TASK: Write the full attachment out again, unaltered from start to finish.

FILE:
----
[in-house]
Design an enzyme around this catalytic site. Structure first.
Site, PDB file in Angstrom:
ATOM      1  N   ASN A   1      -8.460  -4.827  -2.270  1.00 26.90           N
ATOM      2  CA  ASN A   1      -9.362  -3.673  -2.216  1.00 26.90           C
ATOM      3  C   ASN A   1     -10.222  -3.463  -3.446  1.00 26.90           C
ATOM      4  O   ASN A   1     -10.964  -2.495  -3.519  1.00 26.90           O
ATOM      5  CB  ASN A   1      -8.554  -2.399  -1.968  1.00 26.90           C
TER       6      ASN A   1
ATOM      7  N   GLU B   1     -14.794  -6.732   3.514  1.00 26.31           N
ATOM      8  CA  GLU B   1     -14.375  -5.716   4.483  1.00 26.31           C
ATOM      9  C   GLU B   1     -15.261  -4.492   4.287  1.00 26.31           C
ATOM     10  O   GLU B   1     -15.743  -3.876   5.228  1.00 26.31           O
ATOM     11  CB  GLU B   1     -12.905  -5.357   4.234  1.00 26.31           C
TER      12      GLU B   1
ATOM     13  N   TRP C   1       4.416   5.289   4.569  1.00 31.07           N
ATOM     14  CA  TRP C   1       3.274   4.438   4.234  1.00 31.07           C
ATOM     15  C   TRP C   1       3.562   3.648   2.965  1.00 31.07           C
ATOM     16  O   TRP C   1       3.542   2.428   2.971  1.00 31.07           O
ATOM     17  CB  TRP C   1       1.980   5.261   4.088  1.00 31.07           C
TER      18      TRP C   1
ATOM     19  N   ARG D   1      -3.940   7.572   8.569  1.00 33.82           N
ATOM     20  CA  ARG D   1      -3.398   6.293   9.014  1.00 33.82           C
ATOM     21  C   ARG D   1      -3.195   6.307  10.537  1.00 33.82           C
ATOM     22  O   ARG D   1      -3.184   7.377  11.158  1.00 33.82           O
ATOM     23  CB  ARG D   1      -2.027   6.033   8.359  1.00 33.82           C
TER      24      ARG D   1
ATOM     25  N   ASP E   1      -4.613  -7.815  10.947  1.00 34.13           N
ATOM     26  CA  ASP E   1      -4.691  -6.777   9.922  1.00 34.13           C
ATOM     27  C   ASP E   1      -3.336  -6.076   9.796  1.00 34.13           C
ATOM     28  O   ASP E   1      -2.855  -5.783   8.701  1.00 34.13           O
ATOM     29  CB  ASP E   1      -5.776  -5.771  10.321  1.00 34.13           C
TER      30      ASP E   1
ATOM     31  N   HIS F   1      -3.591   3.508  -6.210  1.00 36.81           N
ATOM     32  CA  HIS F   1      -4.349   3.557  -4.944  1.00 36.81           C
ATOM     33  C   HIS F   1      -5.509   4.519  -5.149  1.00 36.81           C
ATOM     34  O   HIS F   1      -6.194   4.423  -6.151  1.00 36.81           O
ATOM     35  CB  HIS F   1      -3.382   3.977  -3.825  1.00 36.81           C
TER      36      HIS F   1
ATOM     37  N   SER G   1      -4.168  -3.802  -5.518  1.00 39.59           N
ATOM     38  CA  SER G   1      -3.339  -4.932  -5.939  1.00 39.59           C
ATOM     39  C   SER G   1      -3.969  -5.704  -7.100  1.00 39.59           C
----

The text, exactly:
[in-house]
Design an enzyme around this catalytic site. Structure first.
Site, PDB file in Angstrom:
ATOM      1  N   ASN A   1      -8.460  -4.827  -2.270  1.00 26.90           N
ATOM      2  CA  ASN A   1      -9.362  -3.673  -2.216  1.00 26.90           C
ATOM      3  C   ASN A   1     -10.222  -3.463  -3.446  1.00 26.90           C
ATOM      4  O   ASN A   1     -10.964  -2.495  -3.519  1.00 26.90           O
ATOM      5  CB  ASN A   1      -8.554  -2.399  -1.968  1.00 26.90           C
TER       6      ASN A   1
ATOM      7  N   GLU B   1     -14.794  -6.732   3.514  1.00 26.31           N
ATOM      8  CA  GLU B   1     -14.375  -5.716   4.483  1.00 26.31           C
ATOM      9  C   GLU B   1     -15.261  -4.492   4.287  1.00 26.31           C
ATOM     10  O   GLU B   1     -15.743  -3.876   5.228  1.00 26.31           O
ATOM     11  CB  GLU B   1     -12.905  -5.357   4.234  1.00 26.31           C
TER      12      GLU B   1
ATOM     13  N   TRP C   1       4.416   5.289   4.569  1.00 31.07           N
ATOM     14  CA  TRP C   1       3.274   4.438   4.234  1.00 31.07           C
ATOM     15  C   TRP C   1       3.562   3.648   2.965  1.00 31.07           C
ATOM     16  O   TRP C   1       3.542   2.428   2.971  1.00 31.07           O
ATOM     17  CB  TRP C   1       1.980   5.261   4.088  1.00 31.07           C
TER      18      TRP C   1
ATOM     19  N   ARG D   1      -3.940   7.572   8.569  1.00 33.82           N
ATOM     20  CA  ARG D   1      -3.398   6.293   9.014  1.00 33.82           C
ATOM     21  C   ARG D   1      -3.195   6.307  10.537  1.00 33.82           C
ATOM     22  O   ARG D   1      -3.184   7.377  11.158  1.00 33.82           O
ATOM     23  CB  ARG D   1      -2.027   6.033   8.359  1.00 33.82           C
TER      24      ARG D   1
ATOM     25  N   ASP E   1      -4.613  -7.815  10.947  1.00 34.13           N
ATOM     26  CA  ASP E   1      -4.691  -6.777   9.922  1.00 34.13           C
ATOM     27  C   ASP E   1      -3.336  -6.076   9.796  1.00 34.13           C
ATOM     28  O   ASP E   1      -2.855  -5.783   8.701  1.00 34.13           O
ATOM     29  CB  ASP E   1      -5.776  -5.771  10.321  1.00 34.13           C
TER      30      ASP E   1
ATOM     31  N   HIS F   1      -3.591   3.508  -6.210  1.00 36.81           N
ATOM     32  CA  HIS F   1      -4.349   3.557  -4.944  1.00 36.81           C
ATOM     33  C   HIS F   1      -5.509   4.519  -5.149  1.00 36.81           C
ATOM     34  O   HIS F   1      -6.194   4.423  -6.151  1.00 36.81           O
ATOM     35  CB  HIS F   1      -3.382   3.977  -3.825  1.00 36.81           C
TER      36      HIS F   1
ATOM     37  N   SER G   1      -4.168  -3.802  -5.518  1.00 39.59           N
ATOM     38  CA  SER G   1      -3.339  -4.932  -5.939  1.00 39.59           C
ATOM     39  C   SER G   1      -3.969  -5.704  -7.100  1.00 39.59           C